Thursday, March 22, 2012

Conjunctivitis: The Pink Eye

Anna Tielsch-Goddard CPNP-PC
The most common causes of pink or red discoloration in the conjunctiva (the clear membrane which covers the sclera, the white part of the eyes) are bacterial, viral, or allergic conjunctivitis. This condition is also known as "pink eye."
If your child has pink or red eyes, complains of itchiness, and has any sort of crust or drainage around the eyes, you should make an appointment with your child’s primary care provider (PCP) for diagnosis and treatment. Your PCP, a pediatrician, nurse practitioner, or physician assistant, will be able to determine whether or not the pink eye is most likely caused by a bacteria, virus, or allergies.
Pink eye usually causes sleepy crust or "a glue" in the eyes, upon awakening. If your practitioner determines that the pink eye is caused by bacteria, he or she will prescribe a topical antibiotic, usually in the form of eye drops, which will reduce your child’s symptoms, shorten the duration of the illness, and reduce the risk of contagiousness.
If your child has cold symptoms, such as a cough, runny nose, or nasal congestion, the cause of the pink eye is most likely viral. If your PCP thinks that the pink eye is caused by a virus, he or she will recommend cold compresses, artificial tears, and other symptomatic treatment.
Another type of conjunctivitis, allergic pink eye, is usually affiliated with allergies, eczema, and asthma. This type of pink eye causes itchy eyes and watery discharge. Treatment involves avoiding exposure to allergens and using artificial tears or prescription eye drops to alleviate the red eyes.
Other causes of red eyes include subconjunctival hemorrhages and blepharitis.
Subconjunctival hemorrhages are caused by broken blood vessels in the eye that cause redness in the conjunctiva. They are caused by minor trauma such as vomiting or prolonged coughing, are painless, and usually resolve on their own in 2-3 weeks.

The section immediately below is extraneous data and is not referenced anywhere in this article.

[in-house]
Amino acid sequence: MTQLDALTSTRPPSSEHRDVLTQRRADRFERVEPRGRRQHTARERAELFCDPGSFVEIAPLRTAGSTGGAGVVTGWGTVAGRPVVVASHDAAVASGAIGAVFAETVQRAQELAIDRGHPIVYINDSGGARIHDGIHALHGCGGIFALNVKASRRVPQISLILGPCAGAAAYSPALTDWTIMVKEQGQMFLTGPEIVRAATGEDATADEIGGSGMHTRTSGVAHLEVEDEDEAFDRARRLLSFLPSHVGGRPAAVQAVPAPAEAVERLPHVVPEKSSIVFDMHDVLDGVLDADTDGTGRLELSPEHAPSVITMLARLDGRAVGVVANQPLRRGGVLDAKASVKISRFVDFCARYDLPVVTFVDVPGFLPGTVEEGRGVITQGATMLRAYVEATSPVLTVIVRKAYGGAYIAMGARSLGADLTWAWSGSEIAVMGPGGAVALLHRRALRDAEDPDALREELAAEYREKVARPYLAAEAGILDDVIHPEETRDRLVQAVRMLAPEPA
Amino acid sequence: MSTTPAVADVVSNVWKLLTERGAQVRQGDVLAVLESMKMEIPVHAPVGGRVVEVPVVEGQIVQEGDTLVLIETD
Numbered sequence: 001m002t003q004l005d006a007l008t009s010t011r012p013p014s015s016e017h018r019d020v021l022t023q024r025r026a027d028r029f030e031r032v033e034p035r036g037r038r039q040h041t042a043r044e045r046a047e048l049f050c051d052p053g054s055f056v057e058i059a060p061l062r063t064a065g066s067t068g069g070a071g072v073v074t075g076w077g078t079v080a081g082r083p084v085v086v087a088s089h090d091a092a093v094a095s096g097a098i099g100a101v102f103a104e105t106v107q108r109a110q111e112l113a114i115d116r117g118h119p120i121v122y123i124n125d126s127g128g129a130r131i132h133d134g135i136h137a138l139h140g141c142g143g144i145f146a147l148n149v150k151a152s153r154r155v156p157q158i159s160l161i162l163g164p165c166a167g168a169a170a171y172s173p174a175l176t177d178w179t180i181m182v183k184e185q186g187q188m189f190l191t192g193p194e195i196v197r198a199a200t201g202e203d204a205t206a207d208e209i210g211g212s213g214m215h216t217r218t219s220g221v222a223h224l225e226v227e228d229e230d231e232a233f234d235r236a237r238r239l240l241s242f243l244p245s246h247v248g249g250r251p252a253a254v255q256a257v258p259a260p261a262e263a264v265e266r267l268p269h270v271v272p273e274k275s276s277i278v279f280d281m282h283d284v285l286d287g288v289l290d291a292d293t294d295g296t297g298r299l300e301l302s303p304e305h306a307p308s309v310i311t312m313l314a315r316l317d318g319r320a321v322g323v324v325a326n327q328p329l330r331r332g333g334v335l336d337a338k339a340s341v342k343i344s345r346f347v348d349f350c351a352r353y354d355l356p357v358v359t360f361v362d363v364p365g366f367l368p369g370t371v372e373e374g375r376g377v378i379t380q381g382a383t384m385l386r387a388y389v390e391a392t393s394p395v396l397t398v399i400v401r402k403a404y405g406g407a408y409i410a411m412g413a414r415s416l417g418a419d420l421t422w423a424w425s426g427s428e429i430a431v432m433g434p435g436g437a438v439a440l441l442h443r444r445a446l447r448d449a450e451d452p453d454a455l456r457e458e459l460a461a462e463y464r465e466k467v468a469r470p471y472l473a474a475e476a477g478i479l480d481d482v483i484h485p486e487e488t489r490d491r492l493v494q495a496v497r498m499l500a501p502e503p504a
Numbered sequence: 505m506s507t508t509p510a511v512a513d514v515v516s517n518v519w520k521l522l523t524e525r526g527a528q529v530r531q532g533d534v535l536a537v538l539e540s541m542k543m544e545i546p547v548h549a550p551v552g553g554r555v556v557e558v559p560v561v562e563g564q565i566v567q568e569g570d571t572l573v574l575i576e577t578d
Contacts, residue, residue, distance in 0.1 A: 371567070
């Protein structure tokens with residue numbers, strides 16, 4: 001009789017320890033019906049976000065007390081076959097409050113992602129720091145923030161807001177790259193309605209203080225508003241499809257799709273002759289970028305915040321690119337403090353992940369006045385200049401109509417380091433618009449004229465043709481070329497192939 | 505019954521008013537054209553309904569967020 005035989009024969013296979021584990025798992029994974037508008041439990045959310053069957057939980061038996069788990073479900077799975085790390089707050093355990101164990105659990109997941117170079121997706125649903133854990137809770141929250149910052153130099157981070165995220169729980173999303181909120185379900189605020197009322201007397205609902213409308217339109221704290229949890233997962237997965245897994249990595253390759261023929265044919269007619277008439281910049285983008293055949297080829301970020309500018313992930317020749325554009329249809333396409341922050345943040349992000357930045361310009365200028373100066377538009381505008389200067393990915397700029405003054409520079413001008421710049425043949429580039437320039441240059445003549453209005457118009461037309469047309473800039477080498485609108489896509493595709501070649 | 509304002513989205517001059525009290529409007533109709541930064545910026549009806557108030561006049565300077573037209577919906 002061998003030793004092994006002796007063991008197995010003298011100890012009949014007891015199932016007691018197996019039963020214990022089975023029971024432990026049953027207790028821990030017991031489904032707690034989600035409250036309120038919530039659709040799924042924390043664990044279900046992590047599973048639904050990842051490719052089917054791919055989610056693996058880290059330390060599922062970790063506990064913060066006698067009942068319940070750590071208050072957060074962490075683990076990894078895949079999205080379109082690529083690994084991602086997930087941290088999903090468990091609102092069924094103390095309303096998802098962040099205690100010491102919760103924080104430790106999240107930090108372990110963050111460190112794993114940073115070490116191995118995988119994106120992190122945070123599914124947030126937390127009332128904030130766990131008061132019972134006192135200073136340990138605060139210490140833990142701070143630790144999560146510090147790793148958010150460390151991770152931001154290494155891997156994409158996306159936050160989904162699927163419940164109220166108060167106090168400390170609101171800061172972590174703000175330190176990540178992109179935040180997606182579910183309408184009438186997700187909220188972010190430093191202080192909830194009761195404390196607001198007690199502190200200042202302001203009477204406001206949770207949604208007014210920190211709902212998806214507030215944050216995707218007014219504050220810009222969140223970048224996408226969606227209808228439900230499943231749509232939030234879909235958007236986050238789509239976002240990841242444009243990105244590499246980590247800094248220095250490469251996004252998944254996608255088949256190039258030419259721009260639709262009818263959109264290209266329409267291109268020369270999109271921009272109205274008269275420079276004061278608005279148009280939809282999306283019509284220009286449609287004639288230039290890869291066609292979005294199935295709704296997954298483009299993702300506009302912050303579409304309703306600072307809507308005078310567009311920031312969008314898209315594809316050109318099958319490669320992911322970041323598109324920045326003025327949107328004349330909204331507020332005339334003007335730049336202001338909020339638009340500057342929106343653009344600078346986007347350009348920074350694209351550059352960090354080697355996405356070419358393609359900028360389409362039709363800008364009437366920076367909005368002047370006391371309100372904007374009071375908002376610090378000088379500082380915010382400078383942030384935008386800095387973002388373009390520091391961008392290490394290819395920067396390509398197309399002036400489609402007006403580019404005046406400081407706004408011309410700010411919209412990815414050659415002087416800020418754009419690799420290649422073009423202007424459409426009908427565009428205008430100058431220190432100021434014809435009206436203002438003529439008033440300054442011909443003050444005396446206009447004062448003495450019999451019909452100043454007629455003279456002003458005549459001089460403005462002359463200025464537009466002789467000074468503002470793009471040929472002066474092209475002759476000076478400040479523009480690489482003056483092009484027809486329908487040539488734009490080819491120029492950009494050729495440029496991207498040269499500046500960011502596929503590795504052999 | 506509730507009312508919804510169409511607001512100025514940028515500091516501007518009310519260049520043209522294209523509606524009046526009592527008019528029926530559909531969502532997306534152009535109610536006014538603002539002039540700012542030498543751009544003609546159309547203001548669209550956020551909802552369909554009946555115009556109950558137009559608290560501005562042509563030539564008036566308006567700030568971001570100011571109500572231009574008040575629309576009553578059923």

Blepharitis, a more severe inflammation of the eyelid, may also make the eyes appear red and will usually be accompanied by a swollen eyelid or crusting in the eyelid margin. Treatment, including warm compresses and a topical antibiotic, is necessary to help with healing. In severe cases a referral to an ophthalmologist is necessary.
In all cases of pink eye, you must teach your family to practice strict hand washing and avoid sharing any personal items that might spread infection. Any time your child touches or rubs the eyes, he or she should wash hands right away or use an anti-septic hand sanitizer. Avoid sharing wash-clothes and other cleansing objects.
Contact lenses should not be worn until the infection clears up. If your child wore the lenses during the course of the pink eye, discarded them and obtain a new lens case. Cross contamination usually subsides after 24 hours of antibiotic therapy.
If you child’s red eyes do not get better in a couple of days after seeing your primary care practitioner, you should make another appointment for a re-evaluation in case there is a re-infection or another cause for the red eyes.

Cronau, H., Kankanala, R., & Mauger, T. (2010). Diagnosis and management of red eye in primary care. American Academy of Family Physicians, 81(2), 137-144.
  1. Hovding, G. (2008). Acute bacterial conjunctivitis. Acute Ophthalmologica,86(1): 5-17.
  1. Leibowitz, H. (2000). The red eye. The New England Journal of Medicine, 343 (5): 341-345.
  1. Sethurama, U., & Keepak, K. (2009). The red eye: evaluation and management.Clinical Pediatrics, 48 (6): 588-600.
Anna Tielsch-Goddard CPNP-PC is a Pediatric Nurse Practitioner for Children’s Medical Center Dallas at Legacy. She practices on the Perioperative Surgery teams in both presurgical assessment and pediatric-surgery.Read More >>

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